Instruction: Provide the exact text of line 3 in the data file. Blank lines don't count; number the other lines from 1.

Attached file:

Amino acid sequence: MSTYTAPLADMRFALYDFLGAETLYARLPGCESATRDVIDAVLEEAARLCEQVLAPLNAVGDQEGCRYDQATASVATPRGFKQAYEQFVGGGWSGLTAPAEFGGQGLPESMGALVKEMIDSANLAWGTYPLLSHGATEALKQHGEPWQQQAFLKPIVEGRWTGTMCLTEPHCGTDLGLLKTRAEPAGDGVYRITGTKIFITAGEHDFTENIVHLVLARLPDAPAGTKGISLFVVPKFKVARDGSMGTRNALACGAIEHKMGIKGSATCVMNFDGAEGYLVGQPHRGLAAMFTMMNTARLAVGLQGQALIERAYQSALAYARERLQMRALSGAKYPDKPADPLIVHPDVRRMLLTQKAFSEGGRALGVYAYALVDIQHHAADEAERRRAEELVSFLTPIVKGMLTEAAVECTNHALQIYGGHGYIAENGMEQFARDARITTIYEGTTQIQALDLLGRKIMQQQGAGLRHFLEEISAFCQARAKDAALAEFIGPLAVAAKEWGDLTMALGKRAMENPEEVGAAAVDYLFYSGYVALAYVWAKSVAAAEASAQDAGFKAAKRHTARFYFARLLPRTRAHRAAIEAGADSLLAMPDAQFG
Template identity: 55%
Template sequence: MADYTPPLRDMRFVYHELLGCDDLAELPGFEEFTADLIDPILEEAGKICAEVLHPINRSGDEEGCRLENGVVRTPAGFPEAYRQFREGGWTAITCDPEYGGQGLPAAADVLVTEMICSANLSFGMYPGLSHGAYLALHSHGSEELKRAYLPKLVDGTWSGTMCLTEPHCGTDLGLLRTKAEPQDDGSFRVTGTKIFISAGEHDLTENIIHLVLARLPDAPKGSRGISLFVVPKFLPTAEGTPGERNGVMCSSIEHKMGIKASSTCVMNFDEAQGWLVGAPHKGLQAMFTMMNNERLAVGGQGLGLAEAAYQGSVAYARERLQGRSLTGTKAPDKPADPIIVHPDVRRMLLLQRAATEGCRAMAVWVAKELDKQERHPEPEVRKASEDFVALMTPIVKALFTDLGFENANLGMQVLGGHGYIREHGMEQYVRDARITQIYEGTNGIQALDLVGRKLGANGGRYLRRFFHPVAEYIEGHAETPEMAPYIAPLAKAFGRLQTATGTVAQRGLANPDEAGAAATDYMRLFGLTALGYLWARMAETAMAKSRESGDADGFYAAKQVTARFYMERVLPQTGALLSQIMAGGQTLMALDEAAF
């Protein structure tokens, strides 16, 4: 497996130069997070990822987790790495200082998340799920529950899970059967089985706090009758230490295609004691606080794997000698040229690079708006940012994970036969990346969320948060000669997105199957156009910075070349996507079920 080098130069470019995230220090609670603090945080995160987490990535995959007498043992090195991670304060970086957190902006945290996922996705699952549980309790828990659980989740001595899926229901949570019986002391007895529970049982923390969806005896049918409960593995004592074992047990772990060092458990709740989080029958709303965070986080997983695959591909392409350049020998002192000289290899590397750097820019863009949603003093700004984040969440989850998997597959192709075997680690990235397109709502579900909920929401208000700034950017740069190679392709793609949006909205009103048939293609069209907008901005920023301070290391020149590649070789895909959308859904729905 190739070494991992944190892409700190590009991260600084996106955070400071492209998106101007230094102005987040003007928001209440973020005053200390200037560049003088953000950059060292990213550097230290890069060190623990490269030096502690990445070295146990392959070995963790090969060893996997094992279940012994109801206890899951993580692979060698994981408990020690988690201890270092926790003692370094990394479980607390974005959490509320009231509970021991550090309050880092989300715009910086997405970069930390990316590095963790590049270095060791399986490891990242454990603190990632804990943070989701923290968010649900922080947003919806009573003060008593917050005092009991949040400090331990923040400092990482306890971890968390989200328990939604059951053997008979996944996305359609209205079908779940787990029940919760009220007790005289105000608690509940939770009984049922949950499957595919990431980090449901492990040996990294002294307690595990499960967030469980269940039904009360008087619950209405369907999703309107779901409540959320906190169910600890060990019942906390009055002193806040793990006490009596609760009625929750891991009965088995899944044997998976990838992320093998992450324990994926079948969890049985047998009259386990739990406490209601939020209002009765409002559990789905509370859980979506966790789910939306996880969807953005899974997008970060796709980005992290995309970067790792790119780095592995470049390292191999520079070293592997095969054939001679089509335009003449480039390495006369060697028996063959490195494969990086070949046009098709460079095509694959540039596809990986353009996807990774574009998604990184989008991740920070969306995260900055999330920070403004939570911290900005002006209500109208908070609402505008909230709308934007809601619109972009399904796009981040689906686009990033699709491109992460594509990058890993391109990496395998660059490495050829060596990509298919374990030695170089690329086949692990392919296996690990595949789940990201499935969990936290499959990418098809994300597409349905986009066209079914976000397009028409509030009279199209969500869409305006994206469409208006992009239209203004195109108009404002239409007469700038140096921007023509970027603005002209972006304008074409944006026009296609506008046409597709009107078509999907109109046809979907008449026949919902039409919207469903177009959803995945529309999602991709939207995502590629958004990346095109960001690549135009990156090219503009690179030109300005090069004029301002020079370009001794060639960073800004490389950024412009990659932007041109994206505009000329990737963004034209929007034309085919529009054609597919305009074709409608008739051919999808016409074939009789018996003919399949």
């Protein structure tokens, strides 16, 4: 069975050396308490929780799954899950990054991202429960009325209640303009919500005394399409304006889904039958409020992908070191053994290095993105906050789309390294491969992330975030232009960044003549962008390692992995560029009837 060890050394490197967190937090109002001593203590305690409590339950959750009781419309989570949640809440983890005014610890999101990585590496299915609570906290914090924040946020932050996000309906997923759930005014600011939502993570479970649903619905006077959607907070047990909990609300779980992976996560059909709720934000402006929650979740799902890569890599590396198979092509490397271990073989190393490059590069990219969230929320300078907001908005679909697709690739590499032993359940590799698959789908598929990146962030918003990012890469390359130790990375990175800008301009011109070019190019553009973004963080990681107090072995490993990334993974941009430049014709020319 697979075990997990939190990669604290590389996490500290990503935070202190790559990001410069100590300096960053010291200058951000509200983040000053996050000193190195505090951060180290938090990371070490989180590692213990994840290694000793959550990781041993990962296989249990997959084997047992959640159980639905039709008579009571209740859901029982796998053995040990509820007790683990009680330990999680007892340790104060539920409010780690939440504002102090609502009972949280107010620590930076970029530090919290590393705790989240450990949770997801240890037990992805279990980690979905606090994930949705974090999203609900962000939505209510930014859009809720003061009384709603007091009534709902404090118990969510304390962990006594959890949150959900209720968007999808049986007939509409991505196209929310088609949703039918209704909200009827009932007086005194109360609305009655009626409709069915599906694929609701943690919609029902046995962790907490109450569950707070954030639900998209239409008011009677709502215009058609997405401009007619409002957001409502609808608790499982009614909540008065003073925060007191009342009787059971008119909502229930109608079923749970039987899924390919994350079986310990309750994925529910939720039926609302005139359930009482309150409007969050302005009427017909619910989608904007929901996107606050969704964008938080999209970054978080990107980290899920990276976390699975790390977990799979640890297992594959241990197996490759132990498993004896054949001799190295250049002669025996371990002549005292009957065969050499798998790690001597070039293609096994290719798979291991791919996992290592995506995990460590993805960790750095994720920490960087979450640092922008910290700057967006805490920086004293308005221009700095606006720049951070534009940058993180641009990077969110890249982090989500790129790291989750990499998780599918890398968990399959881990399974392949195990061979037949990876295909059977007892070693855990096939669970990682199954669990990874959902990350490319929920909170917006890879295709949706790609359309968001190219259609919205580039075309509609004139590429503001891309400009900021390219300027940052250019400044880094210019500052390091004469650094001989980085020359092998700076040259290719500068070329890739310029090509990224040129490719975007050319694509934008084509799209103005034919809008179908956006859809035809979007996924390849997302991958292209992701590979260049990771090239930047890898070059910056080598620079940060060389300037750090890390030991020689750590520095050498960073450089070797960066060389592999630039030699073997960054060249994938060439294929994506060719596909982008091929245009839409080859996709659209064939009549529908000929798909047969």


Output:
Template sequence: MADYTPPLRDMRFVYHELLGCDDLAELPGFEEFTADLIDPILEEAGKICAEVLHPINRSGDEEGCRLENGVVRTPAGFPEAYRQFREGGWTAITCDPEYGGQGLPAAADVLVTEMICSANLSFGMYPGLSHGAYLALHSHGSEELKRAYLPKLVDGTWSGTMCLTEPHCGTDLGLLRTKAEPQDDGSFRVTGTKIFISAGEHDLTENIIHLVLARLPDAPKGSRGISLFVVPKFLPTAEGTPGERNGVMCSSIEHKMGIKASSTCVMNFDEAQGWLVGAPHKGLQAMFTMMNNERLAVGGQGLGLAEAAYQGSVAYARERLQGRSLTGTKAPDKPADPIIVHPDVRRMLLLQRAATEGCRAMAVWVAKELDKQERHPEPEVRKASEDFVALMTPIVKALFTDLGFENANLGMQVLGGHGYIREHGMEQYVRDARITQIYEGTNGIQALDLVGRKLGANGGRYLRRFFHPVAEYIEGHAETPEMAPYIAPLAKAFGRLQTATGTVAQRGLANPDEAGAAATDYMRLFGLTALGYLWARMAETAMAKSRESGDADGFYAAKQVTARFYMERVLPQTGALLSQIMAGGQTLMALDEAAF